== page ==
We sometimes get sent copies of letters from families saying what a fantastic time they’ve had. For me, that’s the most amazing thing. Sometimes people ask me how can looking after someone else’s children for a weekend be so much fun? But you have to experience it. It’s everybody being together, being helpful, looking after each other. It’s wonderful.
Meet our Volunteer Spotlight for November 2020, Catherine Brown
Catherine is one of our amazing type 1 events volunteers. She was diagnosed with type 1 when she was 4 years old and tells her story of living with diabetes, becoming a member and going on to support families at our events. Our type 1 events are not able to take place at the moment because of the pandemic, but we're running virtual events instead. Catherine was a panellist at our latest virtual event 'Life Beyond Diabetes', sharing her experience of living with type 1, staying positive and not letting diabetes get in the way.
Journey with diabetes
My date of diagnosis was 28 March 1966 – it’s the day my younger brother was born. My dad was with me in hospital because my mum was having a home birth. I’ve never really spoken to my parents about that time, but a few years ago my dad gave me his mum’s diaries. On that day she wrote, ‘Catherine in hospital. We are so worried about her.’ She was a fan of understatement!
My dad was an engineer and when I was eight, our family moved to Zambia. I went to the diabetic clinic at the local hospital until I was 13, when I was sent to boarding school in England. I’d fly backwards and forwards in the holidays.
One term, I’d changed from one type of insulin to another. When I went back to Zambia for the holidays, we discovered my new insulin wasn’t available there. My grandma asked her GP to prescribe my insulin, she went to Heathrow, found someone in the queue for the Lusaka flight, and asked them to take it with them.
My parents stood in the airport in Zambia waiting to collect it with a sign that said, ‘insulin here!’ I can’t imagine that happening these days!
I think throughout my teens, I couldn’t be bothered with diabetes. I always did my insulin. I always did my injections, but for the rest of it, I couldn’t care less. There was no blood testing in those days. You had to wee in a pot, then you had a little chemical experiment with a test tube and tablets. I probably did that once a year when I was at boarding school.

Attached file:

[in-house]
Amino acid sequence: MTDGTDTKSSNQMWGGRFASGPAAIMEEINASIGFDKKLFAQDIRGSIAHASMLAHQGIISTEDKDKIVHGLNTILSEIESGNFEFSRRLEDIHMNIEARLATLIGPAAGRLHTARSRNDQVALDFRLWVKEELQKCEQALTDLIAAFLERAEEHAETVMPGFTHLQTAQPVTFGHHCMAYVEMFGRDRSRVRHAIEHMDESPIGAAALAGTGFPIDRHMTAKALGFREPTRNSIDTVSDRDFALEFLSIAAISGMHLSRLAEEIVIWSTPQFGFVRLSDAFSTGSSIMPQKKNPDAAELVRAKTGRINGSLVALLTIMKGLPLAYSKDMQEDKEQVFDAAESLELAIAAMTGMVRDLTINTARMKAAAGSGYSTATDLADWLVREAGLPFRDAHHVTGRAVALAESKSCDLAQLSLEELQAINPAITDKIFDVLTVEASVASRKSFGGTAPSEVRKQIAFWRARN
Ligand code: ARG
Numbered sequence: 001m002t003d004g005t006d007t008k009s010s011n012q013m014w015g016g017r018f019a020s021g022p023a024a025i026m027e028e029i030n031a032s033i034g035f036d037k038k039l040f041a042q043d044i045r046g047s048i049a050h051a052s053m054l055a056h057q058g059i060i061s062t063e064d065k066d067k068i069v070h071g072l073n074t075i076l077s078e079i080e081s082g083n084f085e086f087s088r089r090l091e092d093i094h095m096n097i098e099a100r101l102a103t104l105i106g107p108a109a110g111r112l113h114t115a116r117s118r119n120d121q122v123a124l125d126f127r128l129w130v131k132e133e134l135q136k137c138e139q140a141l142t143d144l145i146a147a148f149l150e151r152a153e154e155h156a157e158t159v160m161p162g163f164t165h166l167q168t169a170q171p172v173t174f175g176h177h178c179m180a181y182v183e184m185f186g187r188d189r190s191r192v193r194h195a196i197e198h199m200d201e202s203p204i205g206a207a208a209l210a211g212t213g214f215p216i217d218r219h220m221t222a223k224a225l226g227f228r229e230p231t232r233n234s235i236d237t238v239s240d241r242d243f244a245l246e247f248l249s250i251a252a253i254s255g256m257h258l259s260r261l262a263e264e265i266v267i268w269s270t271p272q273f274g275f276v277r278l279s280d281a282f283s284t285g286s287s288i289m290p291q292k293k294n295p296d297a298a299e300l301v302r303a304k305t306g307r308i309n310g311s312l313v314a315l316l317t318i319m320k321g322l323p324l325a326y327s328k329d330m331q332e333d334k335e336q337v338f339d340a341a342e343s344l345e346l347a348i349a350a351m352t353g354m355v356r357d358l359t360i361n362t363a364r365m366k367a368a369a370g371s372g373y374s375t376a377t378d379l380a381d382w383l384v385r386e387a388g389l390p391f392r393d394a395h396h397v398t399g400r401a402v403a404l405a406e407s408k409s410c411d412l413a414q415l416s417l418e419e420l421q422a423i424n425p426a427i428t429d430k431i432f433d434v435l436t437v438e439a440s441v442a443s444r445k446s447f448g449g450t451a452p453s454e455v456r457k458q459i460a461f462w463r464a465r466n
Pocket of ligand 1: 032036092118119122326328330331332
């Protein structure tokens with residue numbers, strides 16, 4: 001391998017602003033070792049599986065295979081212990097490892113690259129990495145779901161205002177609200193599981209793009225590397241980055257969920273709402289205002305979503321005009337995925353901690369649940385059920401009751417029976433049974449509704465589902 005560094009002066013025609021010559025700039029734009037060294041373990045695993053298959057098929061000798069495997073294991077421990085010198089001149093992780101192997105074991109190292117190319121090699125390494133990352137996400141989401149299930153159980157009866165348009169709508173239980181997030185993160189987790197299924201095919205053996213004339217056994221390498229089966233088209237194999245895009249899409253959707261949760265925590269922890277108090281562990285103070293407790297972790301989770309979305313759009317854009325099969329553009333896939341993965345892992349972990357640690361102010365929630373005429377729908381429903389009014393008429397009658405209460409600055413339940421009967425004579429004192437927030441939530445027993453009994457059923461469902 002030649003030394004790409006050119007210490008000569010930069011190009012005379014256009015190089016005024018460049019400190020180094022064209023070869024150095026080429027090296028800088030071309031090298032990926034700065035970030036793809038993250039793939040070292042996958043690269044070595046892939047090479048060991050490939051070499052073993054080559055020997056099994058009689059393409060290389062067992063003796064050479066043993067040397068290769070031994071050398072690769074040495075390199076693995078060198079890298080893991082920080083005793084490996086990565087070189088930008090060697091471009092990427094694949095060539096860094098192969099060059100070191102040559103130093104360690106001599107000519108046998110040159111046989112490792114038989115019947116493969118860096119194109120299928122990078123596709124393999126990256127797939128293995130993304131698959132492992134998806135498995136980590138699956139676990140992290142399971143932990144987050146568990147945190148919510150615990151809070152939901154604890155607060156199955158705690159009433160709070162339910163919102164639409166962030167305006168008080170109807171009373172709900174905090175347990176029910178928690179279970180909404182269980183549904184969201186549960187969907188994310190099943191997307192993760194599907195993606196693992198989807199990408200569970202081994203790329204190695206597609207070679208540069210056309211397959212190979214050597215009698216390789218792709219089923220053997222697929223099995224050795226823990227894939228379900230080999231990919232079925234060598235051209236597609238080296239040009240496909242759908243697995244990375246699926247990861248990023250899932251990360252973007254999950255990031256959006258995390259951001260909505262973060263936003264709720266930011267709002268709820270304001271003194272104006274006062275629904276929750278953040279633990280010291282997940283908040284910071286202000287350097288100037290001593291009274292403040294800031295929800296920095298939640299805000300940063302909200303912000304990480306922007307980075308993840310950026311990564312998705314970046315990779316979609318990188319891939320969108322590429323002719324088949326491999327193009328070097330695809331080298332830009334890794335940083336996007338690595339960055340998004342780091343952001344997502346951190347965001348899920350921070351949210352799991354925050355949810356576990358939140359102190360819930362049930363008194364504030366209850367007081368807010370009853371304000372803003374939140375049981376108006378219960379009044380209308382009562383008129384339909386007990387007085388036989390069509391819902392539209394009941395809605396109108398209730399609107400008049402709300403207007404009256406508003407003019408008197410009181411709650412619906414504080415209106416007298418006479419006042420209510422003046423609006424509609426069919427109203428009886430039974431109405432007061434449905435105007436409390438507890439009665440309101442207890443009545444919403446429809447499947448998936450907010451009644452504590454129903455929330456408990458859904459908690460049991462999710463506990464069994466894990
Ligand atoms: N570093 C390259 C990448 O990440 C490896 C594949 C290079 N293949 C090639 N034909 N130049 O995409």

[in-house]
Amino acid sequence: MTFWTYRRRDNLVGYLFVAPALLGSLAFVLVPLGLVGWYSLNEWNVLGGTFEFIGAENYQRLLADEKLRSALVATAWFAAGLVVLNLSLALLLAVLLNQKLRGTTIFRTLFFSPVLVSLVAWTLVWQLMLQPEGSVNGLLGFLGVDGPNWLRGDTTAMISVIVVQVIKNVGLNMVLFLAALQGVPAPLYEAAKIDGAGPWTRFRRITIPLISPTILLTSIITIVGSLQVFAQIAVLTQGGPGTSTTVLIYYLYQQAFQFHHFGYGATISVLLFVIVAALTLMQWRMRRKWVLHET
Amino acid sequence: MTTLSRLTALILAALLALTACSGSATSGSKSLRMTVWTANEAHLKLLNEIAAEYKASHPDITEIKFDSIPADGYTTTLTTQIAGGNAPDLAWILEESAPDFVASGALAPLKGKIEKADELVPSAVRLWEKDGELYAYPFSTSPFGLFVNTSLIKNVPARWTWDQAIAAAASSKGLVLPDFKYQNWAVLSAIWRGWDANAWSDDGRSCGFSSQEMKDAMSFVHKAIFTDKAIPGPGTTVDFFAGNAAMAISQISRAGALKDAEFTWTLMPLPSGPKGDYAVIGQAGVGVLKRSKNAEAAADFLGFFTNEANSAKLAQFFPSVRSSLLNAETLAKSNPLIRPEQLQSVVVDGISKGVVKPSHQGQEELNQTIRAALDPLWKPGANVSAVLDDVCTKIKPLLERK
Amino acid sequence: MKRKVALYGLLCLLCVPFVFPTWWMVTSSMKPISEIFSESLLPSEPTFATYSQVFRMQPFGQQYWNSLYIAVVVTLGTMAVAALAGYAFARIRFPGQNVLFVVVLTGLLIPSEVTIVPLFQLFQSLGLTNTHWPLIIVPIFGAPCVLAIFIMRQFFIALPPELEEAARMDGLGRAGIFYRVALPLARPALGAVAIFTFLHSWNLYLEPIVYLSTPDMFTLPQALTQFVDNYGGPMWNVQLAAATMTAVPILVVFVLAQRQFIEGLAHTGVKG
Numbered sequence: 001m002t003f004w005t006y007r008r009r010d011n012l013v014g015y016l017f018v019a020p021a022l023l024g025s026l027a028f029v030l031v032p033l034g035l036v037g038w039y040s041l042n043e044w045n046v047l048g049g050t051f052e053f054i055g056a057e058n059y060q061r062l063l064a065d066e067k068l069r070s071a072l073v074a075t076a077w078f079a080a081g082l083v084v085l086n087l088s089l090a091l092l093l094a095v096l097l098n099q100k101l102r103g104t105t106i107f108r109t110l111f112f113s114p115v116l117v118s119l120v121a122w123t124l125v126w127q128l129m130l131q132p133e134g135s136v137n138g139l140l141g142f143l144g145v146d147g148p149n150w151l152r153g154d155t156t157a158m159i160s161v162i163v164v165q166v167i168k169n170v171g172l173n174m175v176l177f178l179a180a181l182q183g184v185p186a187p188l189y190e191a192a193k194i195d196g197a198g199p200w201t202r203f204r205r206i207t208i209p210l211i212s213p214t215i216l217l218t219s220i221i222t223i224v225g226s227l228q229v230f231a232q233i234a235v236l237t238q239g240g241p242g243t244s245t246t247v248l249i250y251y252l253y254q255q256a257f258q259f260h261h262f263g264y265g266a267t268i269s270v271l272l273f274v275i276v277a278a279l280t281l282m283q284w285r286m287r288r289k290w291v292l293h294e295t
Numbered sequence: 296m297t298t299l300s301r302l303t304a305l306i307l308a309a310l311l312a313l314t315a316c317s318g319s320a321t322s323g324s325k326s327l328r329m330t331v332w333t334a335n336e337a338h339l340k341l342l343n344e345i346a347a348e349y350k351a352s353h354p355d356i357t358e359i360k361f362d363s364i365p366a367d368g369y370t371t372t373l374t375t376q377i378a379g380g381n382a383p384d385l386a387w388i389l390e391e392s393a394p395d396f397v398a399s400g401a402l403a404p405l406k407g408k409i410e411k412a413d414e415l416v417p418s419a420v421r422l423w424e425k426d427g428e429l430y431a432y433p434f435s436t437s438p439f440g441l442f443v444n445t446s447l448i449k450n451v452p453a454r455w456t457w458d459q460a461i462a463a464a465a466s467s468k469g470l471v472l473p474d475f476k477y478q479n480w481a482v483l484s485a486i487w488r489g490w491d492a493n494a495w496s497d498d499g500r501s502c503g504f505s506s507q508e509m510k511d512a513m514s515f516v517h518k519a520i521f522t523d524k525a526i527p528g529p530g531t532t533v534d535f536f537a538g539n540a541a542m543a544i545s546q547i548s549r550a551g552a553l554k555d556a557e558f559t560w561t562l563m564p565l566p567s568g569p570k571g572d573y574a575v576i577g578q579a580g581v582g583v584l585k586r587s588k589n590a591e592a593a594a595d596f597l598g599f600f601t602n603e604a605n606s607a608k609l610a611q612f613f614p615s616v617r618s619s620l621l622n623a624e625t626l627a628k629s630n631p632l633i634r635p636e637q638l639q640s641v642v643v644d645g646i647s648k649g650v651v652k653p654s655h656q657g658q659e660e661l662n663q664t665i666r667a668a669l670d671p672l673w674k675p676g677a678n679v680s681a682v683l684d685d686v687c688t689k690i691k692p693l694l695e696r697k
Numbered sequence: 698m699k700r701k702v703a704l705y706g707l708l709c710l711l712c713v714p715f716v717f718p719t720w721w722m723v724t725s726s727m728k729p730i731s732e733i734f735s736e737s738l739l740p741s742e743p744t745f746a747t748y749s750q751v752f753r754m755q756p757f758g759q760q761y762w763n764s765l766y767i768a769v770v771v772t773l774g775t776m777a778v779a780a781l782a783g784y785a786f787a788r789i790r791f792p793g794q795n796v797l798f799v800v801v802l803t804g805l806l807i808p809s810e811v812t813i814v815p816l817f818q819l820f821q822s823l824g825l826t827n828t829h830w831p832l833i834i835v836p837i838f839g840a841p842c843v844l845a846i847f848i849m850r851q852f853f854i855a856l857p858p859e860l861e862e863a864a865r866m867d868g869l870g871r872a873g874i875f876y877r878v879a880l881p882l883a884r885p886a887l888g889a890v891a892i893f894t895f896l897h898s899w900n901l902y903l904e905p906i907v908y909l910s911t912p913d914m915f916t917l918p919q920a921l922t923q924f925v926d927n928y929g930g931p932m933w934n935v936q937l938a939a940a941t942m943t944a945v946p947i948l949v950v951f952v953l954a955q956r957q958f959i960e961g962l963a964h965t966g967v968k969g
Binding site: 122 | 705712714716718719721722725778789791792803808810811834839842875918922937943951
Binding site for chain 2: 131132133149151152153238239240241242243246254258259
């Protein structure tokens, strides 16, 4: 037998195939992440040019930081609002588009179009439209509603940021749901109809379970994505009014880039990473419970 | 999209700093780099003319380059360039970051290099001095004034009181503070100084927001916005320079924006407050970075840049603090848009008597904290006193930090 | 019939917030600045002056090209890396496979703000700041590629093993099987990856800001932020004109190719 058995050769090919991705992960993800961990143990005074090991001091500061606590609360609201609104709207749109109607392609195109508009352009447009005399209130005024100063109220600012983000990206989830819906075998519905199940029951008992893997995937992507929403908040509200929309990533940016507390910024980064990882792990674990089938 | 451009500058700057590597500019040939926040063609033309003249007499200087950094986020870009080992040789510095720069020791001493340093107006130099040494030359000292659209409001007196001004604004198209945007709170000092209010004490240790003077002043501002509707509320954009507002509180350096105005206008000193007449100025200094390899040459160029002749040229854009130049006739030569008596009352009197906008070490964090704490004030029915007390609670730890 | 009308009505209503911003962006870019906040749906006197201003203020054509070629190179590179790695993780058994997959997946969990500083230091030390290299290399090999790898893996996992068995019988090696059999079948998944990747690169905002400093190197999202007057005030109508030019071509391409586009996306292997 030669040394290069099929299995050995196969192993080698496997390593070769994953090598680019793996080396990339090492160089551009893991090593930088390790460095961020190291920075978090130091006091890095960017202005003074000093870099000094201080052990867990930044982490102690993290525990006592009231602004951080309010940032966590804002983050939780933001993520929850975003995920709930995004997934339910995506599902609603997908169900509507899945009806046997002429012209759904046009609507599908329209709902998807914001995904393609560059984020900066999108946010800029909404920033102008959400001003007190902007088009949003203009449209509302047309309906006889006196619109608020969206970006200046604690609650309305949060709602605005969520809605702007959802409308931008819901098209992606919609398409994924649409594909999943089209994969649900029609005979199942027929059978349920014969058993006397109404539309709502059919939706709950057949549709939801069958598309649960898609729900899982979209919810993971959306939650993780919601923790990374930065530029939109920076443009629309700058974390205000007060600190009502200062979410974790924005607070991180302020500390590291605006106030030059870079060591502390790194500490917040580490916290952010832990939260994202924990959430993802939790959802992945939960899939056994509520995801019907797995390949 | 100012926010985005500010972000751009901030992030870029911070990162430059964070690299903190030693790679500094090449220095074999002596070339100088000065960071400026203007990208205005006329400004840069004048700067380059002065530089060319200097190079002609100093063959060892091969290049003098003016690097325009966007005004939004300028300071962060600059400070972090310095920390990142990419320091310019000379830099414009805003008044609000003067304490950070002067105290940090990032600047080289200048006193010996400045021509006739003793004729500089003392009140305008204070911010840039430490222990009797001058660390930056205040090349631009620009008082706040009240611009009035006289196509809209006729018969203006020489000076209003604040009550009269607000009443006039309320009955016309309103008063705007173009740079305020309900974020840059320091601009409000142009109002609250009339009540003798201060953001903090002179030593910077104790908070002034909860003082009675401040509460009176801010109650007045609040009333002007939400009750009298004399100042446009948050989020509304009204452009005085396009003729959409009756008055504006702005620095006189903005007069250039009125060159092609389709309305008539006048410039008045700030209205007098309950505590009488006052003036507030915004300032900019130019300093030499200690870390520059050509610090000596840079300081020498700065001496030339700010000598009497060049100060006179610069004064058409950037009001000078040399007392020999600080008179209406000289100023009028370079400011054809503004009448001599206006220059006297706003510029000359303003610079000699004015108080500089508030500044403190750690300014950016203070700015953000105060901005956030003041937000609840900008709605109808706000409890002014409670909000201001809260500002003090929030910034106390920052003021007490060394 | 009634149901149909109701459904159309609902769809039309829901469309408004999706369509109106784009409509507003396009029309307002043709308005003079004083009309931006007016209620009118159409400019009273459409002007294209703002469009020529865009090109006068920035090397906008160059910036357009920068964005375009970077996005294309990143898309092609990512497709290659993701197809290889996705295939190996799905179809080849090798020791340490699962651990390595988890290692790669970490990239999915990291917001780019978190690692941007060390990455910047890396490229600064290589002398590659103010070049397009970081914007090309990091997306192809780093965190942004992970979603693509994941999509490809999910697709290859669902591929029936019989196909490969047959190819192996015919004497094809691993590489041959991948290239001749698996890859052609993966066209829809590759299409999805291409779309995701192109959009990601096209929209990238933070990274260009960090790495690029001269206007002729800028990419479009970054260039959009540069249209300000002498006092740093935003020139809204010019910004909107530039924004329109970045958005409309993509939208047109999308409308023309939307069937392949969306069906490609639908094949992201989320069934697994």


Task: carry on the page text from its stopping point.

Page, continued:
Looking back I think, as a teenager, who would go peeing in an empty coffee jar? And then have to come out of the cubicle and decant it. You wouldn’t want to do it, would you? So I didn’t.
I got married when I was 25 and as far as I was aware, everything was hunky dory. I got pregnant straight away. However, my retinas were quite fragile and I got high blood pressure because of the pregnancy. Basically, it made me go blind.
For a number of years after I had my daughter, I went through stages of not being able to see. I remember one day when she was a baby and my husband was holding her in his arms. I was standing there with them in a hug and he said, ‘Charlotte has just smiled at you.’
That memory makes me feel emotional because at the time, I couldn’t see her.
Over the years, I learned how to read braille and use a cane. I chose a career as a computer programmer, because I knew that was a job I’d be able to do if I was blind. But there was always this hope that my eyesight might come back.
In the end, I got very lucky. After my retina detached completely, I had a vitrectomy – a procedure to reattach my retina – and I got my sight back in my right eye.
Now, I can see fine. I can read. Nobody knows I’ve had problems with my sight unless I tell them.
Around 20 years ago, I joined Diabetes UK as a lifelong member. For a long time, I didn’t want to look at Balance magazine. I thought all I was going to read about was complications. I knew they could happen, of course, but I really didn’t want to read about it.
I’d had diabetes then for 34 years. I thought there must be parents out there who are so worried about their kids, what life would have in store for them. I could show them it was possible to be healthy and happy having had diabetes all that time. Of course, one of my eyes doesn’t work, but they didn’t know that.
Maybe it sounds a bit grandiose, but I wanted to offer a bit of hope. I’d lived around the world, had a child, got a career. I wanted them to know that would all be possible for their children. It might make them feel less stressed about the future.
When it came to the event, I had such a great time.
Part of it is because nobody says, ‘oh, you can’t eat that!’ Nobody says the most annoying thing in the world, ‘you can’t possibly be having a hypo because you’ve just eaten your lunch’. It’s just like one big family. Everybody understood. The kids had a great time, and we did, too.
I started out wanting to give back, but I quickly realised that I was getting as much back from the event as I was giving. I’m still friends with someone I met at that first event. Over the years I’ve met more and more people with type 1. Until then, I didn’t know any other type 1s. Suddenly I could talk about it properly – your fears, the things that have gone wrong and that are working. As technology has progressed, you get to see everyone’s tech, too.
We sometimes get sent copies of letters from families saying what a fantastic time they’ve had. For me, that’s the most amazing thing. Sometimes people ask me how can looking after someone else’s children for a weekend be so much fun? But you have to experience it. It’s everybody being together, being helpful, looking after each other. It’s wonderful."